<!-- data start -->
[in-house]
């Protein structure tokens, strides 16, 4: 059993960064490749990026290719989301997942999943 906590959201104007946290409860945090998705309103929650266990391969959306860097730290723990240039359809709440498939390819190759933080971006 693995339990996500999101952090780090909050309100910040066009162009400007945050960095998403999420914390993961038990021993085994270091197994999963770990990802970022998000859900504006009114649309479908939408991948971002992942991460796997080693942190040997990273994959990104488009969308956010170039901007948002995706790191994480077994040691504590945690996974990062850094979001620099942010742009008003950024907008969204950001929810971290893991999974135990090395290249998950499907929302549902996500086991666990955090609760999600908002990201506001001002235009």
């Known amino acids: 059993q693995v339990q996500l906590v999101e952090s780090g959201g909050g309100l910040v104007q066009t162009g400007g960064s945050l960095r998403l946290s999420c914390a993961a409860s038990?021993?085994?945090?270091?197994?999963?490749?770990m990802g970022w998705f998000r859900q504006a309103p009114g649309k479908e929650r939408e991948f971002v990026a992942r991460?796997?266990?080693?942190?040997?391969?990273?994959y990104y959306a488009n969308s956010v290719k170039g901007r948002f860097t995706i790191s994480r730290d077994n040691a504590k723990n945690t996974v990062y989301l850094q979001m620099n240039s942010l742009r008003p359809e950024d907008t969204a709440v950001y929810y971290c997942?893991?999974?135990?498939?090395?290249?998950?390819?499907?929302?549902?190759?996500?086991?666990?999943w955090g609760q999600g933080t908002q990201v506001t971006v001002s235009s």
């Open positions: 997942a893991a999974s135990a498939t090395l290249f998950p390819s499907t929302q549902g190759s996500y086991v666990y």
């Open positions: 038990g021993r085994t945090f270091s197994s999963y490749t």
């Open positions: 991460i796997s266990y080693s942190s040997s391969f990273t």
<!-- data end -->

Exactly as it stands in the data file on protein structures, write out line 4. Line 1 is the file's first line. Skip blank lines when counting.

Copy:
């Open positions: 997942a893991a999974s135990a498939t090395l290249f998950p390819s499907t929302q549902g190759s996500y086991v666990y």